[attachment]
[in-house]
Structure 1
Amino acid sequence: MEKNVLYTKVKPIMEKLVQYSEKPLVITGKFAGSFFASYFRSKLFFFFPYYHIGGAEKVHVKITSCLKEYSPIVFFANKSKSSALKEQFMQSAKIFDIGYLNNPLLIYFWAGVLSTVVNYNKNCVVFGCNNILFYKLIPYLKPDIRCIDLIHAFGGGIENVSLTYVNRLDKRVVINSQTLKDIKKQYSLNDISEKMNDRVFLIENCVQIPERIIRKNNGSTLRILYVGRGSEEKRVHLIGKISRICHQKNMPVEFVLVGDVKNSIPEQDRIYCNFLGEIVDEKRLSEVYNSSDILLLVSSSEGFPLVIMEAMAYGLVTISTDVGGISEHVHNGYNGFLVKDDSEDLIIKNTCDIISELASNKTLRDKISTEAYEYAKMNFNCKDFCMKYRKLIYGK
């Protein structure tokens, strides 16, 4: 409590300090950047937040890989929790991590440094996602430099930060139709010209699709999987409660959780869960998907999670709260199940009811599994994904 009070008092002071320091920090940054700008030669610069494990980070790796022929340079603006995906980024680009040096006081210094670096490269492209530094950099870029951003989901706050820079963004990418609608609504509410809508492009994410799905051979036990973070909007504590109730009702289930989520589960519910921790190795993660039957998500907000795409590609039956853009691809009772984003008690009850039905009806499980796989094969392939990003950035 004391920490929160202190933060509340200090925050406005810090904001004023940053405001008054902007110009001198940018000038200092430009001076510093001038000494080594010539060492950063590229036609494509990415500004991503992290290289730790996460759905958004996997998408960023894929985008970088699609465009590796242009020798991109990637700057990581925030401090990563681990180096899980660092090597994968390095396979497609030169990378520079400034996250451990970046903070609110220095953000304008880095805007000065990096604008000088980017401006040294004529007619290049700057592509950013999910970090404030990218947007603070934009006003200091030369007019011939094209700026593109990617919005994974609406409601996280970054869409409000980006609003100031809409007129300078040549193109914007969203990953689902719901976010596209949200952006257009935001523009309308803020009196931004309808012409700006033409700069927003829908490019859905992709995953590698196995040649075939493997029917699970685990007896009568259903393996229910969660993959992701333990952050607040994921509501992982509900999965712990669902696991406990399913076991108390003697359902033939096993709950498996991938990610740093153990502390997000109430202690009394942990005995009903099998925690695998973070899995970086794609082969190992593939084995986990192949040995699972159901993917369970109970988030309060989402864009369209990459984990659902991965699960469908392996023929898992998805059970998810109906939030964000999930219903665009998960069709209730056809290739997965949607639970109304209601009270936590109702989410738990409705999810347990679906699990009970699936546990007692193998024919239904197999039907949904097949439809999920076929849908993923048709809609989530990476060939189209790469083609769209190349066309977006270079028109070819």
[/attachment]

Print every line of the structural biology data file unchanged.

[in-house]
Structure 1
Amino acid sequence: MEKNVLYTKVKPIMEKLVQYSEKPLVITGKFAGSFFASYFRSKLFFFFPYYHIGGAEKVHVKITSCLKEYSPIVFFANKSKSSALKEQFMQSAKIFDIGYLNNPLLIYFWAGVLSTVVNYNKNCVVFGCNNILFYKLIPYLKPDIRCIDLIHAFGGGIENVSLTYVNRLDKRVVINSQTLKDIKKQYSLNDISEKMNDRVFLIENCVQIPERIIRKNNGSTLRILYVGRGSEEKRVHLIGKISRICHQKNMPVEFVLVGDVKNSIPEQDRIYCNFLGEIVDEKRLSEVYNSSDILLLVSSSEGFPLVIMEAMAYGLVTISTDVGGISEHVHNGYNGFLVKDDSEDLIIKNTCDIISELASNKTLRDKISTEAYEYAKMNFNCKDFCMKYRKLIYGK
């Protein structure tokens, strides 16, 4: 409590300090950047937040890989929790991590440094996602430099930060139709010209699709999987409660959780869960998907999670709260199940009811599994994904 009070008092002071320091920090940054700008030669610069494990980070790796022929340079603006995906980024680009040096006081210094670096490269492209530094950099870029951003989901706050820079963004990418609608609504509410809508492009994410799905051979036990973070909007504590109730009702289930989520589960519910921790190795993660039957998500907000795409590609039956853009691809009772984003008690009850039905009806499980796989094969392939990003950035 004391920490929160202190933060509340200090925050406005810090904001004023940053405001008054902007110009001198940018000038200092430009001076510093001038000494080594010539060492950063590229036609494509990415500004991503992290290289730790996460759905958004996997998408960023894929985008970088699609465009590796242009020798991109990637700057990581925030401090990563681990180096899980660092090597994968390095396979497609030169990378520079400034996250451990970046903070609110220095953000304008880095805007000065990096604008000088980017401006040294004529007619290049700057592509950013999910970090404030990218947007603070934009006003200091030369007019011939094209700026593109990617919005994974609406409601996280970054869409409000980006609003100031809409007129300078040549193109914007969203990953689902719901976010596209949200952006257009935001523009309308803020009196931004309808012409700006033409700069927003829908490019859905992709995953590698196995040649075939493997029917699970685990007896009568259903393996229910969660993959992701333990952050607040994921509501992982509900999965712990669902696991406990399913076991108390003697359902033939096993709950498996991938990610740093153990502390997000109430202690009394942990005995009903099998925690695998973070899995970086794609082969190992593939084995986990192949040995699972159901993917369970109970988030309060989402864009369209990459984990659902991965699960469908392996023929898992998805059970998810109906939030964000999930219903665009998960069709209730056809290739997965949607639970109304209601009270936590109702989410738990409705999810347990679906699990009970699936546990007692193998024919239904197999039907949904097949439809999920076929849908993923048709809609989530990476060939189209790469083609769209190349066309977006270079028109070819």